Add dis­ease, specif­i­cally Cy­tospora fungi which is car­ried by birds, and the equi­lib­rium of the ecosys­tem is no­tice­ably dis­rupted. Sud­denly, cer­tain ar­eas that used to be pop­u­lated with a dense mass of tall wil­low trees are mead­ows stud­ded with stumpy wil­low bushes. Their branches, which are now only about 3 to 4 feet long, are naked and dy­ing, even though their core still tries to pro­duce leaves at the base.

With­out griz­zly bears and wolves — pri­mary preda­tors of moose — the wil­lows have few de­fenses.

“The in­fec­tion it­self is not out of the or­di­nary, but it kills the leaves at the per­fect level for browsers, which moose are, and we have a lot of it cur­rently,” Abouelezz said.

Wil­lows serve as soil sta­bi­liz­ers in ri­par­ian zones, which serve as the in­ter­face be­tween land and a river or stream and are crit­i­cal to wa­ter­shed health, wildlife habi­tat and over­all ecosys­tem health. With­out such veg­e­ta­tion, the ri­par­ian zone can wash away, im­pact­ing the aquatic and ter­res­trial land­scape.

“Once you see the whole ecosys­tem starts to suf­fer, the red flags go up,” Mack said, prob­ing the empty branches atop a wil­low.

Ear­lier in the night, about 5 p.m., a sec­tion of Trail Ridge Road just west of the Bowen Brown Trail­head was in what park em­ploy­ees like to call “an an­i­mal jam.”

A vis­i­tor with an eye at­tuned to wildlife had spot­ted a moose about a quar­ter mile off the road and pulled over for a closer look.

In na­tional park fash­ion, other cars fol­lowed, even if their cam­era and binoc­u­lar­wield­ing oc­cu­pants had no clue for what they were stop­ping.

At least 30 cars stacked one in front of the other on the side of the road, and an im­promptu view­ing party that par­tially blocked traf­fic had be­gun.

“Watch­ing vis­i­tors get ex­cited about wildlife and ask us ques­tions is a great re­minder for me that these an­i­mal jams are over­all a good thing, even if they can be a safety hazard,” said Nick Bar­tush, a bi­o­log­i­cal science tech­ni­cian on Abouelezz’s team who mon­i­tored the group watch­ing the moose.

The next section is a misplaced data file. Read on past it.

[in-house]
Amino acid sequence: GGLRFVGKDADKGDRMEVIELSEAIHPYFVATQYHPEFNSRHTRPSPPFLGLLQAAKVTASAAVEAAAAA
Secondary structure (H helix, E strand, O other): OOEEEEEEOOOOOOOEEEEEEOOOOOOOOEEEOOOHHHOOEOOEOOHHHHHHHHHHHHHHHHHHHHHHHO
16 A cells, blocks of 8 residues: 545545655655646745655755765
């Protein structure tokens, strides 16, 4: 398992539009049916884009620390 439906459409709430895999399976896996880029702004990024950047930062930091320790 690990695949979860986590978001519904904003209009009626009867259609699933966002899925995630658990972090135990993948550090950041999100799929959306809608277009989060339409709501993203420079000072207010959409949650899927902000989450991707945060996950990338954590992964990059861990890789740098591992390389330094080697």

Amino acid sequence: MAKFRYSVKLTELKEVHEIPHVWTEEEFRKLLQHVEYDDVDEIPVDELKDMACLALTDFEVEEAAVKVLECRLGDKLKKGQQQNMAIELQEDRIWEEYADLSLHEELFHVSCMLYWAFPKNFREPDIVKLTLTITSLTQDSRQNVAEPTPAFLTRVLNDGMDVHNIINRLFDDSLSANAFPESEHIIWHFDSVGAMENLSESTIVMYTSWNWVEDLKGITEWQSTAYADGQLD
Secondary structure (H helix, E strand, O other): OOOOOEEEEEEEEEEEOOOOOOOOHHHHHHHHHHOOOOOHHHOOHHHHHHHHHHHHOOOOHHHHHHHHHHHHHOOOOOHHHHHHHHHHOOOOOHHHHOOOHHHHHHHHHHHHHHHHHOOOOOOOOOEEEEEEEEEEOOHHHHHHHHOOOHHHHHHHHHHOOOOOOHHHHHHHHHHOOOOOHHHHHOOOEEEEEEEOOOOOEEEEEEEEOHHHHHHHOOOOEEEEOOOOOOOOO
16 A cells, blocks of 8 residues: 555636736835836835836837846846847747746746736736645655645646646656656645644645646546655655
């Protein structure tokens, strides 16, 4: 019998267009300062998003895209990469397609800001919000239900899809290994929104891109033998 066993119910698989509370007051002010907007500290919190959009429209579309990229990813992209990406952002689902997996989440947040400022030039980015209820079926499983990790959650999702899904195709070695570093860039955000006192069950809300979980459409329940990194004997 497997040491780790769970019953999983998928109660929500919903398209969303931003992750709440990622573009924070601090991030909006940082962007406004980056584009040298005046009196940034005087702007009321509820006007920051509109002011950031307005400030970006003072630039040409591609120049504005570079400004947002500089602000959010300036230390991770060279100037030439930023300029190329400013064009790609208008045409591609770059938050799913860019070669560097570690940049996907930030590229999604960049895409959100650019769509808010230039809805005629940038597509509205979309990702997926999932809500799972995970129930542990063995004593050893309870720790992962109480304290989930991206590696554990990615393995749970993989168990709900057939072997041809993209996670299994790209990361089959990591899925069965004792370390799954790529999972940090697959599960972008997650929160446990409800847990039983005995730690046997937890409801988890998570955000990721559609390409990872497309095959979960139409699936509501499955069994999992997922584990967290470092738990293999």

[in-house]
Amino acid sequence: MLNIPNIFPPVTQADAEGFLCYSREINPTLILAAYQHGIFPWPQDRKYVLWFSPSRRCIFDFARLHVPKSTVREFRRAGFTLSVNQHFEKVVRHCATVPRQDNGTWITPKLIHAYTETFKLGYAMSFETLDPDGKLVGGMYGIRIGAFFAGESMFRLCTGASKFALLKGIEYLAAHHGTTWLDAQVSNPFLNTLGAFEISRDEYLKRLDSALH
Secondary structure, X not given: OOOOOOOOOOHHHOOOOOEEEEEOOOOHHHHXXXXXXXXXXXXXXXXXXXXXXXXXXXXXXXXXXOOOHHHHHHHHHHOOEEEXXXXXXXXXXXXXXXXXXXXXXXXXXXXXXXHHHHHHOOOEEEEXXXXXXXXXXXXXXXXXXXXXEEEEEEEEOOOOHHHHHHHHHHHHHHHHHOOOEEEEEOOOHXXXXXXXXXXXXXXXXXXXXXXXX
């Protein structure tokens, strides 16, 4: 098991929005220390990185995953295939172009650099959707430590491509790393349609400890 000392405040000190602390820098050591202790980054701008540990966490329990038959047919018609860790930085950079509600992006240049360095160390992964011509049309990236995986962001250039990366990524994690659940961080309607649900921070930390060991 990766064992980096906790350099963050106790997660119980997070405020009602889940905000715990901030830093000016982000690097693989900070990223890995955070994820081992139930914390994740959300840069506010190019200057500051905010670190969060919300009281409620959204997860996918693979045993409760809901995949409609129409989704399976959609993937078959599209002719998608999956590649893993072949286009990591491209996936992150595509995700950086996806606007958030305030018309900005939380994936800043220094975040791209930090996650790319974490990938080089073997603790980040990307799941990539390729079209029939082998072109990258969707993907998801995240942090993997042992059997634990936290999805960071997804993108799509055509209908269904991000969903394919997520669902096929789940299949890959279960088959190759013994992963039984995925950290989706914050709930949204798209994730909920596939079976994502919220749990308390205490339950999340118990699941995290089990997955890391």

In the 10 min­utes the crowd oohed and ah­hed at the moose with the A2 col­lar, at least three groups ap­proach Bar­tush ask­ing about the moose and the re­search. Such cu­rios­ity is not un­com­mon at Rocky Moun­tain Na­tional Park, he said.

“We take (these) in­ter­ac­tions as an op­por­tu­nity to ed­u­cate the pub­lic about our re­search, which helps them un­der­stand why we dart a moose and how that hour of con­tact will help the park as a whole,” Bar­tush said.

Through­out the West, wildlife are a sta­ple of na­tional parks, es­pe­cially those home to moose, bears, bi­son and bighorn sheep. Peo­ple from across the world travel to these parks some­times just to catch a glimpse of the an­i­mals.

But ecosys­tems are frag­ile, and there’s still so much ex­perts don’t un­der­stand about how a sys­tem is af­fected by changes in vari­ables.

That’s one of the rea­sons Abouelezz is in­tent on be­ing pa­tient in this process.

“The changes that caused this moose pop­u­la­tion to grow, the wil­lows to die off and the ri­par­ian zones to be im­pacted didn’t hap­pen overnight, and nei­ther will the so­lu­tion,” she said.

“We could do in­ten­sive, mech­a­nized treat­ments to quickly re­store the ri­par­ian area, but there are con­se­quences we might not be able to pre­dict if we don’t fully un­der­stand the scope of what we’re deal­ing with.”

Mack added, “Wildlife don’t work as fast as hu­mans do, so we’re very de­lib­er­ate in em­pha­siz­ing ‘pa­tience’ in our day-to-day data col­lec­tion and the long-term cre­ation and im­ple­men­ta­tion of the man­age­ment plan.”

Moose watch­ing is a pop­u­lar ac­tiv­ity for tourists at Rocky Moun­tain Na­tional Park.